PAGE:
"Not only is this the first sighting of a condor in San Mateo County in 110 years, but it is an exciting new range expansion into an area that could support condors in the wild," says Kelly Sorenson, executive director of the Ventana Wildlife Society.
Decades of poaching, accidental poisoning from lead bullets, and habitat loss had driven the population of condors to near-extinction in California, where they had once been plentiful throughout the state's coastal region. By 1987, only 22 condors remained in existence in the wild, prompting wildlife officials to place those few survivors into captivity.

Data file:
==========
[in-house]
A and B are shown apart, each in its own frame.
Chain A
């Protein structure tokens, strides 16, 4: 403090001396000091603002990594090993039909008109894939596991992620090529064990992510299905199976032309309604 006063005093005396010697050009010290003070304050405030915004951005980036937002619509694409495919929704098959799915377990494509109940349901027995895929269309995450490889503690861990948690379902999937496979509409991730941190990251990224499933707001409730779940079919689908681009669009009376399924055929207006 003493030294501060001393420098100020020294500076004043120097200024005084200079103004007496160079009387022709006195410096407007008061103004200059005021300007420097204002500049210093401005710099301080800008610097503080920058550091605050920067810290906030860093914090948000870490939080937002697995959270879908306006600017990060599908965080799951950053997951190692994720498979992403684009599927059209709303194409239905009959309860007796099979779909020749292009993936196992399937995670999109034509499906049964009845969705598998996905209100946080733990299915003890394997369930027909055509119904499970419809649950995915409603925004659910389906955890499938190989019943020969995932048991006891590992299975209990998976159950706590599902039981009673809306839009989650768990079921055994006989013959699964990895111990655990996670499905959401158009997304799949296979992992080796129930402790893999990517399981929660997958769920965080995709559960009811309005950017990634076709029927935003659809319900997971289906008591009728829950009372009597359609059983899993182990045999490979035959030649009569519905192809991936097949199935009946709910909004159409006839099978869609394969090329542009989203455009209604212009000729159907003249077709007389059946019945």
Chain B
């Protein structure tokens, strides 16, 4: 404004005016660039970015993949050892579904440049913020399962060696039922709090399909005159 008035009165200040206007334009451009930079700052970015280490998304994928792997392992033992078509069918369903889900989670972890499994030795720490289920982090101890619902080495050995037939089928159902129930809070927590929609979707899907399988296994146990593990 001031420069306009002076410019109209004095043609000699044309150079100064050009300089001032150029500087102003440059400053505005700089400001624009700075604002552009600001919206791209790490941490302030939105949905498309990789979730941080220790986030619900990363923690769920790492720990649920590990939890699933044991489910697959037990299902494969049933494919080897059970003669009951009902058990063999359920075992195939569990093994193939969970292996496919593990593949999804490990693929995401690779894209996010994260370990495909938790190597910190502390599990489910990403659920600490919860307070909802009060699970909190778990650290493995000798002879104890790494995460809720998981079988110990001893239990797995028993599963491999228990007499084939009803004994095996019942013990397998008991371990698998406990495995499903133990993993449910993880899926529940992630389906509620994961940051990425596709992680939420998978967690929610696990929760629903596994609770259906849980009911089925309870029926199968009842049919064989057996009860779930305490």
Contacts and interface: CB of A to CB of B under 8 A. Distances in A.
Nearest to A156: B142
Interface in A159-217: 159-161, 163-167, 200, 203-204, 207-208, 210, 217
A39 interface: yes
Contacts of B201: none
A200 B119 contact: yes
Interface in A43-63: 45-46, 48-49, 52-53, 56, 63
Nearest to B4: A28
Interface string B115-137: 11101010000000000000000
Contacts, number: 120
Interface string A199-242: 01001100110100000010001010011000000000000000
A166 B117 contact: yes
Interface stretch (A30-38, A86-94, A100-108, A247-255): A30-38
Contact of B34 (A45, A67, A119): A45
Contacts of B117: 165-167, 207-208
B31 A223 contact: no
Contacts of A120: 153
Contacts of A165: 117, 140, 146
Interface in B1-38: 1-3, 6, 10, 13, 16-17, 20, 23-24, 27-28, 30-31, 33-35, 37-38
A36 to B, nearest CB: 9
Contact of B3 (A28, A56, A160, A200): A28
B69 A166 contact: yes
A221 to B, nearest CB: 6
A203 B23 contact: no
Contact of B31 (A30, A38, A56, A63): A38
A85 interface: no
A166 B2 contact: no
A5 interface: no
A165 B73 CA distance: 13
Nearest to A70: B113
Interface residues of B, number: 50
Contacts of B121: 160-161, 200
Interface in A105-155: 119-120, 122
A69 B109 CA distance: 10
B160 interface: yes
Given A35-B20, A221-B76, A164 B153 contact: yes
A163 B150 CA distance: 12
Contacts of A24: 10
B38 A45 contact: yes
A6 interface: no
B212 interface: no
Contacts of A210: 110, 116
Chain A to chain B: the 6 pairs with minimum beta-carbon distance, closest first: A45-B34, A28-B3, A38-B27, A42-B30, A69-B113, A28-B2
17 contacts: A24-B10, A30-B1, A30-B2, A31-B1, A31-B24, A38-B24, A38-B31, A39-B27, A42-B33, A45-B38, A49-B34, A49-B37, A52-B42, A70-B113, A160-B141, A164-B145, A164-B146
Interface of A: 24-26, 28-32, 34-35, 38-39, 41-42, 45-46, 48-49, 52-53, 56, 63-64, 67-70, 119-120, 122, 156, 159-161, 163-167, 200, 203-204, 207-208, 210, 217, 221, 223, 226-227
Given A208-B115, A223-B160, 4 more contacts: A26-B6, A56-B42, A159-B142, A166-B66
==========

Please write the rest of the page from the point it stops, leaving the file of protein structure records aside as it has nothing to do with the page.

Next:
Since then, after a breeding program was put in place, more than 230 condors have been released back into the wild where they have begun to slowly resettle their natural range. Lupine, who was released along the Big Sur coast in 2013, has traveled farther north than any other released condor to date -- returning a balance to the local ecosystem.
"The coast is really important for condors today because of the abundance of marine mammal carcasses for them to eat, and it will be interesting to see if additional visits by condors to San Mateo or Santa Cruz County occur in the future." says Karen Bepler-Dorn, superintendent of Pinnacles National Park, where Lupin had been caught on film.
"It is exciting to find that the condor is expanding its' range, and equally rewarding that it was our local community helping to make the discovery."